Published on 14 Jul 2015

Apple Pay: who profits?

The unholy fight for the future of your wallet just took a giant step forward with the launch of Apple Pay in the UK.

Hand over your fingerprint and credit card details to your iPhone 6, and you can swipe your handset to make purchases up to £20 (unless you’re an HSBC customer: the bank is “working hard” to get it up and running in the next fortnight).

Apple drops into the mobile phone payments melee at an exciting point: Facebook has craftily turned its Messenger app into a money transfer system, PayPal is fighting its corner on in-store bills, and the traditional banks have fought back with services like Barclays’ mobile Pingit system.

Apple Pay Launches In The UK

It’s no surprise that so many companies want to help you pay. To quote Fight Club’s Tyler Durden: “The things you own end up owning you”.

Knowing your purchase history allows companies like Apple (through services like iTunes for example) to build up a profile of your habits. Not only can they use that data to target their own products at you, they can sell it to others to help them target you too.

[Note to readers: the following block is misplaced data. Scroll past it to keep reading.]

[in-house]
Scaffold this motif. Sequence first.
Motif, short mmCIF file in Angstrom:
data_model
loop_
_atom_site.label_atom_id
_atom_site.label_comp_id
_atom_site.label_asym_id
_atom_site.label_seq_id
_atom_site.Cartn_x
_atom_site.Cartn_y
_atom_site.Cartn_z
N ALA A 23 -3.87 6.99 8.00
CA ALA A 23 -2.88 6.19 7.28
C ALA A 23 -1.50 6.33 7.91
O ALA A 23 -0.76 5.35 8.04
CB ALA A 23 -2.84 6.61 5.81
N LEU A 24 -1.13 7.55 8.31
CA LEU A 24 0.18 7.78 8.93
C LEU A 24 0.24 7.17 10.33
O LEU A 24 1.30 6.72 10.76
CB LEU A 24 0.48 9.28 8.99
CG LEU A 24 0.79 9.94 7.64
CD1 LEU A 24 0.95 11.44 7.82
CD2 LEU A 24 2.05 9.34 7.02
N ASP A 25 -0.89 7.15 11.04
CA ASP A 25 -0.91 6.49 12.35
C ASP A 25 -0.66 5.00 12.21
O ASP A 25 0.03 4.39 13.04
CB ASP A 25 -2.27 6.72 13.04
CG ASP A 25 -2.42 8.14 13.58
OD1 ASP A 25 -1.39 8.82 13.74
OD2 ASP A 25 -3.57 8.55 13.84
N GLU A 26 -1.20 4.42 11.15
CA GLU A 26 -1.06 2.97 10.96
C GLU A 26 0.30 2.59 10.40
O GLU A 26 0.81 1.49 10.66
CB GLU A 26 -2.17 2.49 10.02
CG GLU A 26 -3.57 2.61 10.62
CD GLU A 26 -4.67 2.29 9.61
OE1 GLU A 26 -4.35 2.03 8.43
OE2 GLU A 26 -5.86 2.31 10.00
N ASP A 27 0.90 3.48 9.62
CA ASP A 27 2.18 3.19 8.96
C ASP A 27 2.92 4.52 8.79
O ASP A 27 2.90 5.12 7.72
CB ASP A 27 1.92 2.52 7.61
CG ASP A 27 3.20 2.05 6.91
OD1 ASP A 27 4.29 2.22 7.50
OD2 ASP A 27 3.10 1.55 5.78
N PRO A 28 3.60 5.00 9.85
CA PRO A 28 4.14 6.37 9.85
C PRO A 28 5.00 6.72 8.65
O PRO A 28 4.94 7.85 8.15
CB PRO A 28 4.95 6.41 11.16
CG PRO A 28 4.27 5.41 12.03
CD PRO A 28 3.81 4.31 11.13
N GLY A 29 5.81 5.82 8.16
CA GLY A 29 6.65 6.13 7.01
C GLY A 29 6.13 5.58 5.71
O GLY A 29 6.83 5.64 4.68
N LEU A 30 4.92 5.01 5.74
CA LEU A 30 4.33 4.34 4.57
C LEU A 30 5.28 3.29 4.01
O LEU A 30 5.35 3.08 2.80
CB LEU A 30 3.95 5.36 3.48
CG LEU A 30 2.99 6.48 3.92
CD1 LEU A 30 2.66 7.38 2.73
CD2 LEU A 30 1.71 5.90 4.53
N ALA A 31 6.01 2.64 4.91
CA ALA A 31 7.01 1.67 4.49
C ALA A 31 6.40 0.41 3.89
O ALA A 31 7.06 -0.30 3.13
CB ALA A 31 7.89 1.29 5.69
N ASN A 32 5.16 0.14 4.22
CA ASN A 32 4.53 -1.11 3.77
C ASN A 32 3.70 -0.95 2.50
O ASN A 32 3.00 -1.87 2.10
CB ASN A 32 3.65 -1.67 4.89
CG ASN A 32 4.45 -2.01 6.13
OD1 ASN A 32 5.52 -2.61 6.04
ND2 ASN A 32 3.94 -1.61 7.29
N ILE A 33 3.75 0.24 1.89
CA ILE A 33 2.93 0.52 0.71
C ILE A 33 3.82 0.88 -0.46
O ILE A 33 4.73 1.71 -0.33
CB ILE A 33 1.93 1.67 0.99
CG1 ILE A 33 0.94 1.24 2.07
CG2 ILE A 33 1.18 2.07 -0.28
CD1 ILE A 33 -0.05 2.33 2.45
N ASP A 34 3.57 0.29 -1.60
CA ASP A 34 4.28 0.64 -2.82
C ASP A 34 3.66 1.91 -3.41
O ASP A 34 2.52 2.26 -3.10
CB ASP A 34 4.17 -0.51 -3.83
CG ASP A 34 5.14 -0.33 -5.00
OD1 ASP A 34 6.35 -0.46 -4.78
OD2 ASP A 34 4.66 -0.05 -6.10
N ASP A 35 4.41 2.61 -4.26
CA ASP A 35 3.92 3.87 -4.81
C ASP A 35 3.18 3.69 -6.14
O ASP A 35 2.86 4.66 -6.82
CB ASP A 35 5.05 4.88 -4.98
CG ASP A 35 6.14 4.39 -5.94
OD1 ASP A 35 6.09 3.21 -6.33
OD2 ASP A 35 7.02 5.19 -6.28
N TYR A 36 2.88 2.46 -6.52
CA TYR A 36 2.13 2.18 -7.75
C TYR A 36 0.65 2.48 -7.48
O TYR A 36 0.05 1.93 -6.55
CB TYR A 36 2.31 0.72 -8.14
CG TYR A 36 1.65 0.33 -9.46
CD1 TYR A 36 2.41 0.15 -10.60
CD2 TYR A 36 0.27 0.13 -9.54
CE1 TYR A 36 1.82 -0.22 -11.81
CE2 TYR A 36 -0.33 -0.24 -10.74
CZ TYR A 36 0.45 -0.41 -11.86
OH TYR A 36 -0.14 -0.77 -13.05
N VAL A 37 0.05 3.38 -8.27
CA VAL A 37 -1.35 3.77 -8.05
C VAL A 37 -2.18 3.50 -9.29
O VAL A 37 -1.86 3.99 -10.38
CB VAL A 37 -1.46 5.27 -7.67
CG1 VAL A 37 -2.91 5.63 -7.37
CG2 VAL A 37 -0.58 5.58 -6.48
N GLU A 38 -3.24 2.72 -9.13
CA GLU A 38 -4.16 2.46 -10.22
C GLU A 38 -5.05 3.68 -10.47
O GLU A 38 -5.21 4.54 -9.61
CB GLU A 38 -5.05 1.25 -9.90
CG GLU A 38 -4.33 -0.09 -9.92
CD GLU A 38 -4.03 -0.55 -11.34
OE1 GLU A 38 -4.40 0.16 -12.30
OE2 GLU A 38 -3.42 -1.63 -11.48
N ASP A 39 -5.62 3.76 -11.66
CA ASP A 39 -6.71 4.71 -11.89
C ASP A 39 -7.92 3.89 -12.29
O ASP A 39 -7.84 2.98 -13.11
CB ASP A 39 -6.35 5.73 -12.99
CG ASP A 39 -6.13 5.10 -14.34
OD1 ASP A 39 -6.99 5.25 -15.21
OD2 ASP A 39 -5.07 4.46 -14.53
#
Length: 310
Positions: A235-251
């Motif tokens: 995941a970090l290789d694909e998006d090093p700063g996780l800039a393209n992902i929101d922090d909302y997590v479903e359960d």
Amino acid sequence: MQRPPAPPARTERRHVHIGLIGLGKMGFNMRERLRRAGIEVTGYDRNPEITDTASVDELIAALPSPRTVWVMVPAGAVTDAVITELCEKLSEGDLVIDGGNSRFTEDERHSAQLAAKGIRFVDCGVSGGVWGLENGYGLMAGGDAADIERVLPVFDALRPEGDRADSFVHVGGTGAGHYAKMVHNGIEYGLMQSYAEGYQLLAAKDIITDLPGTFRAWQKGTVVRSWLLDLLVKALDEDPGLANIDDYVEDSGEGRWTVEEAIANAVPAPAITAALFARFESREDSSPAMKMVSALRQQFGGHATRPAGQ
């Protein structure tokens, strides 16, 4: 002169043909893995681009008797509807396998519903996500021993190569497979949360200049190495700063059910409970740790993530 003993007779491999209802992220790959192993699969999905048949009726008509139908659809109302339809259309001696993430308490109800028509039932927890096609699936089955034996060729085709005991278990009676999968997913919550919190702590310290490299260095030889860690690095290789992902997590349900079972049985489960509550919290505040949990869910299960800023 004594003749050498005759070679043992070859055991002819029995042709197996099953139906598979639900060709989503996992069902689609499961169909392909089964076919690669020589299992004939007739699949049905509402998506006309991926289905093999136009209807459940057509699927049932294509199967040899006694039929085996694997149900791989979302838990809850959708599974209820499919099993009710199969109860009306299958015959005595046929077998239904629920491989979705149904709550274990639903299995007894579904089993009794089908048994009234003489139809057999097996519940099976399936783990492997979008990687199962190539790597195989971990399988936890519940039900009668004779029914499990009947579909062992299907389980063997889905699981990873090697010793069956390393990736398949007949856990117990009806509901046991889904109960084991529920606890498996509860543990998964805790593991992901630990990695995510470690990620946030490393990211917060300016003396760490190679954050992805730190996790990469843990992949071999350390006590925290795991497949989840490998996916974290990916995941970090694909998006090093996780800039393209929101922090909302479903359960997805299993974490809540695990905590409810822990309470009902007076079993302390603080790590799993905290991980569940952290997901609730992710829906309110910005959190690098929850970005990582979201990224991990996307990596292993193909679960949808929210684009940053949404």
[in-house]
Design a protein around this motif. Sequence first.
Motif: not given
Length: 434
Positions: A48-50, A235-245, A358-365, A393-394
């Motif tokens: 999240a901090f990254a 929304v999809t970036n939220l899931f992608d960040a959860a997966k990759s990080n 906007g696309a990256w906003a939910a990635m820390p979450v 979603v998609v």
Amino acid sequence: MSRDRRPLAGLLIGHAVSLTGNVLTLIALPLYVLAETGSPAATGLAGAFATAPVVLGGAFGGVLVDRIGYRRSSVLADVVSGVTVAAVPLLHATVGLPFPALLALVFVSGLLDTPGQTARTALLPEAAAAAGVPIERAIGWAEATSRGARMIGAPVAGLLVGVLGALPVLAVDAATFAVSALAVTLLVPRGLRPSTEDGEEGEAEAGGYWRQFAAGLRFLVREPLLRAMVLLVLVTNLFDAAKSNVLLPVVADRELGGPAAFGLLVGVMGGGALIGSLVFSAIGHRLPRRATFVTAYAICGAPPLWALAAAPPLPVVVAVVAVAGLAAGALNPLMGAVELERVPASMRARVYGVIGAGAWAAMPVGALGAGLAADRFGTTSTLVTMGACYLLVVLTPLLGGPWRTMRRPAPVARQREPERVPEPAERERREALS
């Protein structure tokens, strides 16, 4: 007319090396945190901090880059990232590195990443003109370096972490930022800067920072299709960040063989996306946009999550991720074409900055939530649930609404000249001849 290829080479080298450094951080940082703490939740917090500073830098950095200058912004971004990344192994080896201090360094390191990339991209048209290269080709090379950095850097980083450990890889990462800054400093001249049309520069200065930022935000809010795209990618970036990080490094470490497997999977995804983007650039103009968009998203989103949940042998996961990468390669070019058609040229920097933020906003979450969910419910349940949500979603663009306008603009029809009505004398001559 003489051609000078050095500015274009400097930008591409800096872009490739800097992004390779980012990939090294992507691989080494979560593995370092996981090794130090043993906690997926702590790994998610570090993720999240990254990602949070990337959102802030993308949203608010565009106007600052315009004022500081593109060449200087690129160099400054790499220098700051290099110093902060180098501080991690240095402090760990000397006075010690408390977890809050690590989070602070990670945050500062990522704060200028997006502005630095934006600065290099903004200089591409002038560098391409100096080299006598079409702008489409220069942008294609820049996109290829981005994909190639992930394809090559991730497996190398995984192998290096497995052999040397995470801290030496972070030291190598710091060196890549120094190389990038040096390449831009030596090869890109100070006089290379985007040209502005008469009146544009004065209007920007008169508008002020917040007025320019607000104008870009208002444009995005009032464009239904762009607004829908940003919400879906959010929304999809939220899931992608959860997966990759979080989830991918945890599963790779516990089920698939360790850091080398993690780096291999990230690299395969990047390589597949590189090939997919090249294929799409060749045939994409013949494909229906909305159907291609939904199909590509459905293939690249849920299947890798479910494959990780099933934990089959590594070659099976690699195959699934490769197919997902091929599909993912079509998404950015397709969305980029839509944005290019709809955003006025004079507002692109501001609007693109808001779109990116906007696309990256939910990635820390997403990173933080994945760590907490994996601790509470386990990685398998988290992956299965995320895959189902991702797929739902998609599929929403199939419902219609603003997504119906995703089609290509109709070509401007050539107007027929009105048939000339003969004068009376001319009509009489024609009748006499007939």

But the mobile payments industry gives an extra layer of valuable data: location. When I shop online for food at home, I buy virtuous fruit and veg. When I’m out and about, I have a weak spot for pastries and giant packs of liquorice allsorts. Knowing not just what we all buy, but also where, is an incredibly powerful tool for retailers, marketeers and advertisers, especially given the huge scale of the industry.

In terms of how Apple Pay specifically gathers information about its users, here are the relevant T&C’s:
“Apple Pay was designed so that when you pay in stores Apple doesn’t collect any transaction information that can be tied back to you. If you have Location Services turned on, the location of your device and the approximate date and time of the transaction may be sent anonymously to Apple.”

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14 reader comments

  1. RockySpears says:

    … or alternatively just stick a debit card to the back of the phone, under the case or inside the cover, don’t give anything away, and you’re done.

    Wow that was hard.

  2. Eli says:

    You are wrong, Geoff. Don’t spread misinformation when you haven’t done your research.